difference in bedtime salivary cortisol between suicidal and non-suicidal bipolar individuals remained
significant even after controlling for age and sex,
BMI, smoking status, childhood sexual abuse, medications, mood state at time of sampling and several
clinical factors related to course and severity of illness (substance use disorders, chronicity of illness,
rapid cycling) [161].

Conclusion
Although it is clear that mental disorders in general
are associated with suicidal behavior, research has
not yet revealed which disorders uniquely predict
these outcomes. This is because most studies have
examined the associations between individual disorders and suicidal behavior.[197-200]
Althought, in a study with 39685 people (53%
women) admitted to hospital for attempted suicide
during 1973-82. A high proportion of suicides in all
diagnostic categories took place within the first year
of follow-up (14-64% in men, 14-54% in women);
the highest short term risk was associated with
bipolar and unipolar disorder (64% in men, 42%
in women) and schizophrenia (56% in men, 54%
in women). The strongest psychiatric predictors of
completed suicide throughout the entire follow-up
were schizophrenia (adjusted hazard ratio 4.1, 95%
confidence interval 3.5 to 4.8 in men, 3.5, 2.8 to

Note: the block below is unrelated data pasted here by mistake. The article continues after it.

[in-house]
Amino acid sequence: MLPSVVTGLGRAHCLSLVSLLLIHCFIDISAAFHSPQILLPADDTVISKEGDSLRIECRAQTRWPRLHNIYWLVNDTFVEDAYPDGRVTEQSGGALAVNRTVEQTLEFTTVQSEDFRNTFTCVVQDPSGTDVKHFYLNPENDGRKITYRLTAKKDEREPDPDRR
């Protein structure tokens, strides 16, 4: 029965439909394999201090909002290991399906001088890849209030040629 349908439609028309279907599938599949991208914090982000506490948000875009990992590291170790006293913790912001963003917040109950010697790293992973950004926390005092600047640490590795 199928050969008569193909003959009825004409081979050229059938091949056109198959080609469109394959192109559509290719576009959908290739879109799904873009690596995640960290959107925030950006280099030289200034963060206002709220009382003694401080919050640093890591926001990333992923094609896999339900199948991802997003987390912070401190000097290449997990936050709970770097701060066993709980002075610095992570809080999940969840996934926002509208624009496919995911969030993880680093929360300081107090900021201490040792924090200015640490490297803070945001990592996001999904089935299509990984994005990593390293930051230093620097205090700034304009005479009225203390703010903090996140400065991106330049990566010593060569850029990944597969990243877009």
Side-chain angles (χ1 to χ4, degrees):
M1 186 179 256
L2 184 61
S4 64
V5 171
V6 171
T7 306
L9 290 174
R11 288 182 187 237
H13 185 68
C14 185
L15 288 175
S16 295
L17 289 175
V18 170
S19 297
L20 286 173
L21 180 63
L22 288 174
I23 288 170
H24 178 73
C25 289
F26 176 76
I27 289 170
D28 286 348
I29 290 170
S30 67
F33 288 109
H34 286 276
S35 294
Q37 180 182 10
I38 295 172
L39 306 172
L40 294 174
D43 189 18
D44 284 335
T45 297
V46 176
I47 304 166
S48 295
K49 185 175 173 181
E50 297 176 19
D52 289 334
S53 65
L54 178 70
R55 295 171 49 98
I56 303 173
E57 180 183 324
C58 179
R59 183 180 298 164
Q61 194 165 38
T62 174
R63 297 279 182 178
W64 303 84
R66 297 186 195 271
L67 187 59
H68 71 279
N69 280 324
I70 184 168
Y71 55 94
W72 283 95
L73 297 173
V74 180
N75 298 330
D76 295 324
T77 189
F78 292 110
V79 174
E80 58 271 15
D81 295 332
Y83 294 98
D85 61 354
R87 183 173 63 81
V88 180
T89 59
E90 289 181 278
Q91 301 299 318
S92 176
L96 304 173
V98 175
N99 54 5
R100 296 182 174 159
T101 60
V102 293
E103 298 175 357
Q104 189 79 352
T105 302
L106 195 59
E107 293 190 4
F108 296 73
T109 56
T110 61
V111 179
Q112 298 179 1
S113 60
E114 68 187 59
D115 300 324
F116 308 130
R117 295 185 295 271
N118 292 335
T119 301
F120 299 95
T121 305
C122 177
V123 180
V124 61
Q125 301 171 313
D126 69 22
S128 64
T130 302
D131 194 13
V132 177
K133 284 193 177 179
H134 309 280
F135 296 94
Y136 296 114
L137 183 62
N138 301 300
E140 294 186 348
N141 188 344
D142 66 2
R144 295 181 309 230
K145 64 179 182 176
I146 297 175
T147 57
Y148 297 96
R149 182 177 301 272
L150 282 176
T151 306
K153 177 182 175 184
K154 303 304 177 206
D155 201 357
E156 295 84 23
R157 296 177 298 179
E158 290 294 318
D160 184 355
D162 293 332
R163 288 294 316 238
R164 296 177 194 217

4.4 in women) and bipolar and unipolar disorder
(3.5, 3.0 to 4.2 in men, 2.5, 2.1 to 3.0 in women).
Increased risks were also found for other depressive
disorder, anxiety disorder, alcohol misuse (women),
drug misuse, and personality disorder. The highest

24

2015
Vol. 8 No. 105
doi: 10.3823/1704

population attributable fractions for suicide among


people who had previously attempted suicide were
found for other depression in women (population
attributable fraction 9.3), followed by schizophrenia
in men (4.6), and bipolar and unipolar disorder in
women and men (4.1 and 4.0, respectively). [33]
Subjects in the ECA data base with a history of
bipolar disorder had odds ratios of having had a
suicide attempt that were 2.0 and 6.2 times greater than that of persons with unipolar disorder or
any other Axis I disorder, respectively. This finding is